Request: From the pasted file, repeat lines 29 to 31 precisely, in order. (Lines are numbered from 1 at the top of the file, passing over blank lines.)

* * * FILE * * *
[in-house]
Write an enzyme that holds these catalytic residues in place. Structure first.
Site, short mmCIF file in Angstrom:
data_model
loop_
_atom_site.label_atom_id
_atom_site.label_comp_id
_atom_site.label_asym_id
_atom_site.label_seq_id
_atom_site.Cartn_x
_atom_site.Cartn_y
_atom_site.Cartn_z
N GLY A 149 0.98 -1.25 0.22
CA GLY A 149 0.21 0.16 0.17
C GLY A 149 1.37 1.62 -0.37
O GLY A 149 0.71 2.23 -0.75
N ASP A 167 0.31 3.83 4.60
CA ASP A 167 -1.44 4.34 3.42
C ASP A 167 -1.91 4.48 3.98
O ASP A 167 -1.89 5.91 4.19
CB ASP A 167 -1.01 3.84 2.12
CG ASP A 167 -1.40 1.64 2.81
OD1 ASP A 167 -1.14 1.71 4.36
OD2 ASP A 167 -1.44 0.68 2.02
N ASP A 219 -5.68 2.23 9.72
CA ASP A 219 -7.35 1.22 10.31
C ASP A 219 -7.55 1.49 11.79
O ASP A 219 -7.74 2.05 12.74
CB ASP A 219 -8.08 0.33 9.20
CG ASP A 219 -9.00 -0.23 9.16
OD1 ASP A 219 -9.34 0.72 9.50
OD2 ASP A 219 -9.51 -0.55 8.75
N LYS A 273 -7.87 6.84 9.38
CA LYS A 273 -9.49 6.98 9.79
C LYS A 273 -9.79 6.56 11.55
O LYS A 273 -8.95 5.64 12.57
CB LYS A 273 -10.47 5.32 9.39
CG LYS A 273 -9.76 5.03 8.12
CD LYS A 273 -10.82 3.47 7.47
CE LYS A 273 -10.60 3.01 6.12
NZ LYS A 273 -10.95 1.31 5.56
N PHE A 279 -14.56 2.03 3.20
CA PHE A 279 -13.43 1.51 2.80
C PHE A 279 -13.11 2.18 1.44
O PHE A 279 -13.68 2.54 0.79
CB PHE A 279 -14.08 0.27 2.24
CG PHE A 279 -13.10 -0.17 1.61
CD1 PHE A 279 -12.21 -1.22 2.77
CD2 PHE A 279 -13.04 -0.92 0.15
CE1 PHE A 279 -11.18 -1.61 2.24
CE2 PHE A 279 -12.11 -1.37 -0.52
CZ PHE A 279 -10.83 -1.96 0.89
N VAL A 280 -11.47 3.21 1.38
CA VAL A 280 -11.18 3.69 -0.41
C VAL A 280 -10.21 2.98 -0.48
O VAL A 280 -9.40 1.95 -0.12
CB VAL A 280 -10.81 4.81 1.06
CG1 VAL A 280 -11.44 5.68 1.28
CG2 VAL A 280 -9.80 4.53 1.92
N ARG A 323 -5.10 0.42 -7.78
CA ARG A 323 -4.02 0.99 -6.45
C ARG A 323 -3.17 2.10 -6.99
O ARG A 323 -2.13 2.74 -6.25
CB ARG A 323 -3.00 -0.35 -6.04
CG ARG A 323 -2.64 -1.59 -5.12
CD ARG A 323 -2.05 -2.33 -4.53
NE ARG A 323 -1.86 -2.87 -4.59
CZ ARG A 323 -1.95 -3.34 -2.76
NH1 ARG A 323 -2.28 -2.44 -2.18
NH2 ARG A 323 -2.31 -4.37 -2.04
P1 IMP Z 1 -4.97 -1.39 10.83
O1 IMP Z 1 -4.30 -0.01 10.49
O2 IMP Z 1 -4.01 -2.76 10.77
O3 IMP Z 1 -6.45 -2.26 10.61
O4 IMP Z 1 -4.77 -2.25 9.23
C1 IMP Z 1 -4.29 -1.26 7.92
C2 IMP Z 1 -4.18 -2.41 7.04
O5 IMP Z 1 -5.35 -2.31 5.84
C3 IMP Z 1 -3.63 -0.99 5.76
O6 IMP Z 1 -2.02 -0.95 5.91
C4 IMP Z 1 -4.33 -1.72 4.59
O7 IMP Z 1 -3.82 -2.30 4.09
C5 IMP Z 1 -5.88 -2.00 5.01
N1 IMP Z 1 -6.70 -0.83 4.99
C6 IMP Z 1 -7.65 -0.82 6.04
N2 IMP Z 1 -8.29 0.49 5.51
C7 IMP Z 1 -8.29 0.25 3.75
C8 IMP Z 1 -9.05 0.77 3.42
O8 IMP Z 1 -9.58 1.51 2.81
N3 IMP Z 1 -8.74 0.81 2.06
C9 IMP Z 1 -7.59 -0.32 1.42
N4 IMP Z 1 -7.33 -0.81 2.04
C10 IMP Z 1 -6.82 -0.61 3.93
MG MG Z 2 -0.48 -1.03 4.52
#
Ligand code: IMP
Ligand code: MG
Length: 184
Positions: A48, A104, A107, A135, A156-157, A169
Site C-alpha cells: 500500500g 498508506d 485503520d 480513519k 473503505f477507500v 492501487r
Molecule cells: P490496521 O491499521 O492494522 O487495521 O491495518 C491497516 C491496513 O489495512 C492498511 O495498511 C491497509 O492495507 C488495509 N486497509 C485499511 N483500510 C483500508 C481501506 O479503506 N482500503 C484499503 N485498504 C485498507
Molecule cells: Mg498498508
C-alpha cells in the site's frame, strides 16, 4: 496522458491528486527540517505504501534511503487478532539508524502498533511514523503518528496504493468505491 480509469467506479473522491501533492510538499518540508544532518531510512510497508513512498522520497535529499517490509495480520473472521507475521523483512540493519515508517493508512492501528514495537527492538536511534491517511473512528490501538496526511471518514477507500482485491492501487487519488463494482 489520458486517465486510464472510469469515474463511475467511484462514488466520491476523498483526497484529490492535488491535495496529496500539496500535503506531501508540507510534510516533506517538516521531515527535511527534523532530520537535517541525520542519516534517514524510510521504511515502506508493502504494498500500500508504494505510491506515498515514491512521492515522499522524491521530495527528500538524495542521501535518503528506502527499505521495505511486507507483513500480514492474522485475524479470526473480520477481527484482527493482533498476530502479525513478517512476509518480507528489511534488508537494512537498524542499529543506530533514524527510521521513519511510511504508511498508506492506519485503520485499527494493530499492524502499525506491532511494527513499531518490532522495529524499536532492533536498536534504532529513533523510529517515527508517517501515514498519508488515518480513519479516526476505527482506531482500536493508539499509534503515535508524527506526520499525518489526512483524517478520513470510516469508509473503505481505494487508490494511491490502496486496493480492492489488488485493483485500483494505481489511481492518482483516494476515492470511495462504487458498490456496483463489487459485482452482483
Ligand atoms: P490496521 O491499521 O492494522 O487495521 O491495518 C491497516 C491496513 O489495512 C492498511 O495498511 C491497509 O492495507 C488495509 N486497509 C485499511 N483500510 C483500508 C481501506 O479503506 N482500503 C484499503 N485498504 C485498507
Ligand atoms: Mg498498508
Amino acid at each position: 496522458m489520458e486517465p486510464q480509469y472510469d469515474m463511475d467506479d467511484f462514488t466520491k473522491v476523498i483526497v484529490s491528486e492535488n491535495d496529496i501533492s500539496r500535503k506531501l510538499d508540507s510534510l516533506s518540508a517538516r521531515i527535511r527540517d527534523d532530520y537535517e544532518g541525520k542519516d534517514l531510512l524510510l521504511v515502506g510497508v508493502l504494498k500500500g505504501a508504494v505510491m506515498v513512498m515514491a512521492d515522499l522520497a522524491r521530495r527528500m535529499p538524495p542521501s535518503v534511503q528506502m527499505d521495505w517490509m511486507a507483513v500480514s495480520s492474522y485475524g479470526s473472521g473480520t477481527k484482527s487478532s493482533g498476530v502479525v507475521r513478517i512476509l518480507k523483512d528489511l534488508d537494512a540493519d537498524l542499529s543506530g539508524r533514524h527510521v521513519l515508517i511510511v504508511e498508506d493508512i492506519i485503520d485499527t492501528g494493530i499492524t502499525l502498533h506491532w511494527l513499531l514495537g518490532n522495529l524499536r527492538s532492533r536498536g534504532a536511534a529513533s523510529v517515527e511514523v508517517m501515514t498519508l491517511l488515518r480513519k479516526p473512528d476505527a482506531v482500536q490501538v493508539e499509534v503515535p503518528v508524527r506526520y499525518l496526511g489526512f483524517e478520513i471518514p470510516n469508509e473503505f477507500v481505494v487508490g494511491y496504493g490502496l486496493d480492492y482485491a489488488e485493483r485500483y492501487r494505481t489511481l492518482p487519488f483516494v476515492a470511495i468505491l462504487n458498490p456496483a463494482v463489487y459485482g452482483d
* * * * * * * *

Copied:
CB ASP A 219 -8.08 0.33 9.20
CG ASP A 219 -9.00 -0.23 9.16
OD1 ASP A 219 -9.34 0.72 9.50